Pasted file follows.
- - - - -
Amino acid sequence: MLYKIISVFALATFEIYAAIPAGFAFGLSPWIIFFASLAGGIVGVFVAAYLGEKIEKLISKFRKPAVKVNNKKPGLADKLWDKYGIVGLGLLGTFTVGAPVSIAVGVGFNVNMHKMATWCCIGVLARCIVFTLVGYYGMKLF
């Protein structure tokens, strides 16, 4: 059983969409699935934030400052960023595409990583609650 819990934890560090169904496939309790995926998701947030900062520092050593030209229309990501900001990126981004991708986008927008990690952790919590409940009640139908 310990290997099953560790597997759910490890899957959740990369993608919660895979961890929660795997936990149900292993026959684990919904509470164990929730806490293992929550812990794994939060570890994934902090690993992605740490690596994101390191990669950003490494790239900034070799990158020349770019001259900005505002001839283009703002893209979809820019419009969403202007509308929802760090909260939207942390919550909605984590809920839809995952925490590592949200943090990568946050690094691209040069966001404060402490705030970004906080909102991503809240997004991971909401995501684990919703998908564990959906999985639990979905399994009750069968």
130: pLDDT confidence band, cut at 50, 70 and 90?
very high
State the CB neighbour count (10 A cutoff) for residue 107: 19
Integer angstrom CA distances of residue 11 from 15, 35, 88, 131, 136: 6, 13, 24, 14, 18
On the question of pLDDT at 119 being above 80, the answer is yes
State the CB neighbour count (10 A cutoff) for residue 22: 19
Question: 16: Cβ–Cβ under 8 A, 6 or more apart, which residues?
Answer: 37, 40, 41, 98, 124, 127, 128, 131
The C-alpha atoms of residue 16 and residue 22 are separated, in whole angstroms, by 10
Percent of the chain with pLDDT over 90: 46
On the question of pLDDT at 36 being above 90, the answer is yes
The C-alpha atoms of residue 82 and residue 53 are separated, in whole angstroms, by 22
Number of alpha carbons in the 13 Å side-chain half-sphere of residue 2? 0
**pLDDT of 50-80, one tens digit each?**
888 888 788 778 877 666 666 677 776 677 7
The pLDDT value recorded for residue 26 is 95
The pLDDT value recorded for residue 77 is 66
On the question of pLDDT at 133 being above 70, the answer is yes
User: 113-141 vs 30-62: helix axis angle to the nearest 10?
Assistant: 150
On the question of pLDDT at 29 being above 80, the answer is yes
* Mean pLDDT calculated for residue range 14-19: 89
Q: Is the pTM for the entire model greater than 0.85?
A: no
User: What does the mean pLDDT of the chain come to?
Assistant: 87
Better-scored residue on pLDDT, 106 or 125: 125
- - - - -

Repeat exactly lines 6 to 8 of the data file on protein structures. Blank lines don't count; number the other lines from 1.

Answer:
Integer angstrom CA distances of residue 11 from 15, 35, 88, 131, 136: 6, 13, 24, 14, 18
On the question of pLDDT at 119 being above 80, the answer is yes
State the CB neighbour count (10 A cutoff) for residue 22: 19